Jamie McMurray shed enough tears to fill a hole, which makes you wonder if NASCAR should have put him on repair duties in the first place.
McMurray's dramatic win and his emotional reaction salvaged the Daytona 500, but it's a shame the Great American Race needed to be saved at all.
If not for nearly two-and-a-half hours of delays to fix the track, it may have gone down as one of the best Daytona 500s ever.
A race-record 21 different leaders. The first double-overtime in NASCAR history. A thrilling finish.
All the elements were there for a great race. Unfortunately, it will be remembered years from now as the time the track broke during NASCAR's Super Bowl.
Overlooking the whole ordeal would be like the castaways from the Lost island saying, "Hey, at least we had great weather!"
Yes, it was a disaster. Maybe not in the eyes of the fans who stuck it out and saw a happy ending, but for the rest of the world outside the NASCAR bubble, it was a debacle.
The mainstream media will have (and is having) a field day with this. Already eager to dump on NASCAR, a pothole in the biggest race of the year gives people a forum to say that racing is a joke.
Would the World Series be interrupted by a sinkhole in the pitcher's mound? Does the Masters get delayed by a Caddyshack-like gopher hole?
No and no. And there's a reason: Sports organizations tend to put their best foot forward at their marquee events.
Everyone is watching - and judging. The Daytona 500 is NASCAR's showcase, and particularly this year it was a chance to show the sport will bounce back from sagging ratings and declining attendance.
The focus was supposed to be on an increase in aggression. More color. More character. More excitement.
And then this. The delays to repair the hole with a patch were literally as exciting as watching pavement dry.
Whose fault is it? No one seems to want to play the blame game, but if there's any responsible party, it's the track.
The 2.5-mile surface at the "World Center of Racing" - a moniker that suggests a facility that is the best of the best - is 32 years old. If no engineer anticipated the bumpy track full of huge dips and waves would last until the anticipated repave in 2014, then that was a severe miscalculation.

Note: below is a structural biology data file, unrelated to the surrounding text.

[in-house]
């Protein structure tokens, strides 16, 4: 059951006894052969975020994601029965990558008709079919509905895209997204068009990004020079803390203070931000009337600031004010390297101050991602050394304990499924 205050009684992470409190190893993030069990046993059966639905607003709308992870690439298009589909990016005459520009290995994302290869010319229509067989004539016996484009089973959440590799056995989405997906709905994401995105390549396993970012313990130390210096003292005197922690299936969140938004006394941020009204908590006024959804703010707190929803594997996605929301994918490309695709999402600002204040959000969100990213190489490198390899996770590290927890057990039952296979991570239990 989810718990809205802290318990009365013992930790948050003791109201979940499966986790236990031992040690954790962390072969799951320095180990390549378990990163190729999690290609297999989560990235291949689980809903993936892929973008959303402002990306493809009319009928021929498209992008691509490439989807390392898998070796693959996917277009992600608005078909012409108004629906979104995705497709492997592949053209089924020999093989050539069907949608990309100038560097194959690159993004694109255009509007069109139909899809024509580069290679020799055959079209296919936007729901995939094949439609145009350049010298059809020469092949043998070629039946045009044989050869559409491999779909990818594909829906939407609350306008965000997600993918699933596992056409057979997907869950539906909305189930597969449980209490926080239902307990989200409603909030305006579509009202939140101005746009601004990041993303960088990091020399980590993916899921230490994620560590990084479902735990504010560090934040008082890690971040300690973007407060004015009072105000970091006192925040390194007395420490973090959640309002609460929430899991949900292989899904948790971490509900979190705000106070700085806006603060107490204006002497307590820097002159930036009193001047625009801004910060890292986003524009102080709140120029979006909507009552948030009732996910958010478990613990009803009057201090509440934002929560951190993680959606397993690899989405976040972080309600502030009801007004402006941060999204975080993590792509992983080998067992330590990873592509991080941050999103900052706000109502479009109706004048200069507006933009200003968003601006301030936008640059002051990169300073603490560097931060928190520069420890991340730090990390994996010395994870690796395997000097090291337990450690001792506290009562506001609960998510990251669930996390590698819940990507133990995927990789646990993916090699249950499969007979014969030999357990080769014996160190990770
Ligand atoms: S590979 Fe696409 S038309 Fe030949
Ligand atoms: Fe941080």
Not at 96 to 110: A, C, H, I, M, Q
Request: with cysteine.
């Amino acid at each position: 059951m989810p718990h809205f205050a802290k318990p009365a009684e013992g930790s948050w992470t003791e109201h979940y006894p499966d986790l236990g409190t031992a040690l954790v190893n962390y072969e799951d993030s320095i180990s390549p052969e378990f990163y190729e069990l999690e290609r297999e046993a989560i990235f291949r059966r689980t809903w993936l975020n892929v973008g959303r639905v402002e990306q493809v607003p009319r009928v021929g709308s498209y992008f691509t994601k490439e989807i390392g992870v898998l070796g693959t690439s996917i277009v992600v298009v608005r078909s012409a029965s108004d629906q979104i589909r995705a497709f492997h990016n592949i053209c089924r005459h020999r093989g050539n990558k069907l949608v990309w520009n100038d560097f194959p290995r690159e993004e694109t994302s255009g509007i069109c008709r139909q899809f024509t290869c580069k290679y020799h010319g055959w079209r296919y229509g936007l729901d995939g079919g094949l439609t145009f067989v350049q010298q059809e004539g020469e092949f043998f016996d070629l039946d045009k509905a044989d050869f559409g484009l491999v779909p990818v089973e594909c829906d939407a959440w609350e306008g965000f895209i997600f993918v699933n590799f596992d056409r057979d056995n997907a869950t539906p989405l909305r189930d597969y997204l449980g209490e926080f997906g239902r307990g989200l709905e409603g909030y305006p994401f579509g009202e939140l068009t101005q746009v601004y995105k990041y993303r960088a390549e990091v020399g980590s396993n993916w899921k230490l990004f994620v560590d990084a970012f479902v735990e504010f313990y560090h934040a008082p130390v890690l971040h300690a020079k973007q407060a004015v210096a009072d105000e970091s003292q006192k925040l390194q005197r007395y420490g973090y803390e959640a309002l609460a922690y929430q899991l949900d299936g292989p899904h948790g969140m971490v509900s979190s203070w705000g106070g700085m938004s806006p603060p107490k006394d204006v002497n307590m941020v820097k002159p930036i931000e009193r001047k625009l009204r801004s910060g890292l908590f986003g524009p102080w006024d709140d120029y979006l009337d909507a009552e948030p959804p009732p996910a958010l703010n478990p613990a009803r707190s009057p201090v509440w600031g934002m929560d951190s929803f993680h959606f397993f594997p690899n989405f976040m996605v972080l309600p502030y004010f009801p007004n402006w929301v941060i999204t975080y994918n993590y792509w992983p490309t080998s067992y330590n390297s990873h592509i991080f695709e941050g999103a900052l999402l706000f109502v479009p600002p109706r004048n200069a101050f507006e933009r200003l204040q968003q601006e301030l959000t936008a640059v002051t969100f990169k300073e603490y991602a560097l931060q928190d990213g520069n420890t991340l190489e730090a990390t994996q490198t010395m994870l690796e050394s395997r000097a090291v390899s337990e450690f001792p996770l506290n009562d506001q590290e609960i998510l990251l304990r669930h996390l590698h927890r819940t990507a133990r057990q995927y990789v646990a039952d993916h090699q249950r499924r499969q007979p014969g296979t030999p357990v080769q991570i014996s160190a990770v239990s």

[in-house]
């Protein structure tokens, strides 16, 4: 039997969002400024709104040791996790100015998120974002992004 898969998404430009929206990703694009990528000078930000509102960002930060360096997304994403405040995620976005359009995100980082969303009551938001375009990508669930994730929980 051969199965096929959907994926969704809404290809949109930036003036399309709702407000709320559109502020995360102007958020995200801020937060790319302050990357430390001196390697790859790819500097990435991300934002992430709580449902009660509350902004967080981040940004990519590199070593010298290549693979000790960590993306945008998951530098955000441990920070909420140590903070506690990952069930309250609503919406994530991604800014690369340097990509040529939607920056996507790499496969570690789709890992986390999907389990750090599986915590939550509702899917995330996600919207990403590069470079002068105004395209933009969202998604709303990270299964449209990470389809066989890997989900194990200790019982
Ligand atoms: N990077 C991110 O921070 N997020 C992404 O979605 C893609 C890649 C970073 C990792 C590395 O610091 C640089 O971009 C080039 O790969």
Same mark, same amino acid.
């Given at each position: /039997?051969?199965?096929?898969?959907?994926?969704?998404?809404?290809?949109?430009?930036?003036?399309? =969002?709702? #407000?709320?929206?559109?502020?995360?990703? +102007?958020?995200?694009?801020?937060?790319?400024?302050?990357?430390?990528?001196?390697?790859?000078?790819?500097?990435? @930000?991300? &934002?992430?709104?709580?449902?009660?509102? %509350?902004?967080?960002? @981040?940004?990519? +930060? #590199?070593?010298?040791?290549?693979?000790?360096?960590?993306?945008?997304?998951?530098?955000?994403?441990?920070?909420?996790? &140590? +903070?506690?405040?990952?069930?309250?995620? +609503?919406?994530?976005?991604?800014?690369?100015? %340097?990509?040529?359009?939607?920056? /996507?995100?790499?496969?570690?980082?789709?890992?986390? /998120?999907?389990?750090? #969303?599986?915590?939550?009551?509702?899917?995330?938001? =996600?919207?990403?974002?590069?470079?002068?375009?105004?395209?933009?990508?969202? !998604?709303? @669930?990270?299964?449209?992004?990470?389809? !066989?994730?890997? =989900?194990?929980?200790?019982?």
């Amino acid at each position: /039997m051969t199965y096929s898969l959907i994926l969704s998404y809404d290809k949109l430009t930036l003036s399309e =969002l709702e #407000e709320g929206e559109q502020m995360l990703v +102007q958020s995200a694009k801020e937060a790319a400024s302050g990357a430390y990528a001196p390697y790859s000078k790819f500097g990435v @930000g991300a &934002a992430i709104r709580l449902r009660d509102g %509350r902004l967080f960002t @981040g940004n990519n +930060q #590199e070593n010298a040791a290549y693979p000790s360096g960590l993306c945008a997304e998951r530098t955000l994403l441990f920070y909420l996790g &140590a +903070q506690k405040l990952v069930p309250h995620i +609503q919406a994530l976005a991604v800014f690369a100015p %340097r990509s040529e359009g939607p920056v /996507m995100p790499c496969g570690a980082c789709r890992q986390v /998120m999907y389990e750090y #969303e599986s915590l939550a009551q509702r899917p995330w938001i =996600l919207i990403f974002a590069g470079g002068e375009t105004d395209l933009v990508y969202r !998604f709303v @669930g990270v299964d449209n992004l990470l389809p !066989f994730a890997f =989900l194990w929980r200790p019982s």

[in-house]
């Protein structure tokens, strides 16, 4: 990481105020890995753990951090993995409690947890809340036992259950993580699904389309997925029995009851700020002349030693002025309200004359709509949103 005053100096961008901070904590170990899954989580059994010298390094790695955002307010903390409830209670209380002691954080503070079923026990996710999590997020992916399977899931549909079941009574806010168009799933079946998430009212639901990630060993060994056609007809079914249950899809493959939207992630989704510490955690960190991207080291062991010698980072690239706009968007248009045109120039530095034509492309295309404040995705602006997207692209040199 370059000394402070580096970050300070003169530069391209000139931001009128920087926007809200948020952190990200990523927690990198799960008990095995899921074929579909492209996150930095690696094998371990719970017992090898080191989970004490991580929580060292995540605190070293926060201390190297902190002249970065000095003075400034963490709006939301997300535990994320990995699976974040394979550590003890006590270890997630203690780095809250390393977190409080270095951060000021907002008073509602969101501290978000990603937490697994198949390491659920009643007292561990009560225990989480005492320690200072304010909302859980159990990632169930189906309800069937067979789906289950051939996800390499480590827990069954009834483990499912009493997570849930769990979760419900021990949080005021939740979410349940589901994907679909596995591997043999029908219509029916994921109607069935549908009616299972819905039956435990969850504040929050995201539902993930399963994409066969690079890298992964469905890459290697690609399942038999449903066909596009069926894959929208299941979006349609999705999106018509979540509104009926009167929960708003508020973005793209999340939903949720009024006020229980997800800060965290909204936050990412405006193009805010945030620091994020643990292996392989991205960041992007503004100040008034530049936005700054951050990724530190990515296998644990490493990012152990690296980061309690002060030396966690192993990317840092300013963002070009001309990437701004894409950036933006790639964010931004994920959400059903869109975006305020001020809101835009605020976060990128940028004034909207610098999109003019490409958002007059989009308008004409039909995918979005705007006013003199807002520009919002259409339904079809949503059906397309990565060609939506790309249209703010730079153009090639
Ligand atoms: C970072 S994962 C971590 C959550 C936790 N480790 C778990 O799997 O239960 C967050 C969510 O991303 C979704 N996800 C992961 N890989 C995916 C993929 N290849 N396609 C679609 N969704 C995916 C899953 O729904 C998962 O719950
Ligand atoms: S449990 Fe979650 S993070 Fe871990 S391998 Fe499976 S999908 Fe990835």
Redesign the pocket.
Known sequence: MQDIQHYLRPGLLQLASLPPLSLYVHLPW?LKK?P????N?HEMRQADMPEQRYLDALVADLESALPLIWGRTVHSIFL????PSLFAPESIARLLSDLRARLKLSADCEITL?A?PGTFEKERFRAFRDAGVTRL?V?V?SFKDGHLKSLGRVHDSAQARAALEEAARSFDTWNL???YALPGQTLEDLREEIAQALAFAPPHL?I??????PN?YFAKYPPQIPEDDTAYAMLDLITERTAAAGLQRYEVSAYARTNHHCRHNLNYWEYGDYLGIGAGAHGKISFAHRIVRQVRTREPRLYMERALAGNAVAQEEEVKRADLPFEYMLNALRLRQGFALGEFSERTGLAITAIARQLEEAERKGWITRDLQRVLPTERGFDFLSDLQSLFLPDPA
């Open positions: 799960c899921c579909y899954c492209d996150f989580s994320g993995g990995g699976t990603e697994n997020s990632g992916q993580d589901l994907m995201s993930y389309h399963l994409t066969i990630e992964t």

But assigning blame isn't the point here. What matters now is that Daytona International Speedway officials take action by repaving the aging surface as soon as possible.
DIS President Robin Braig took "full responsibility" for the incident, saying, "We're the World Center of Racing. This is the Daytona 500. This is not supposed to happen."
He apologized and said "this is hallowed ground."
But Braig later suggested the hole was perhaps gouged by part of a car and said track officials "don't think it's time to repave, unless we find out something different after we evaluate it this week. We've got engineers all over this."
"We don't want to repave - paint the whole house when all we have to do is a little touch-up," he said.
I can save the engineers some time: The track needs to be redone.
Dale Earnhardt Jr. said as much ("They should have repaved it several years ago. We'd have it all weathered and ready to go right now. ... It's due, I would say."), but Braig shot back by saying the sport's most popular driver "has not liked our pavement for many years."
This is no time for a war of words, though. Just as when Goodyear and NASCAR combined for the Indianapolis Tire Debacle of 2008, the challenge for Braig and others in charge needs to be: "How can we prevent this from happening again?"
And unless they repave the track, officials are setting themselves up to return to the Daytona 500 next year and just hope - or pray - the surface holds up for another year.
There needs to be more urgency than that. NASCAR can't afford to take too many hits, and if you thought there was a firestorm of reaction to Sunday's black hole, just wait until it happens again.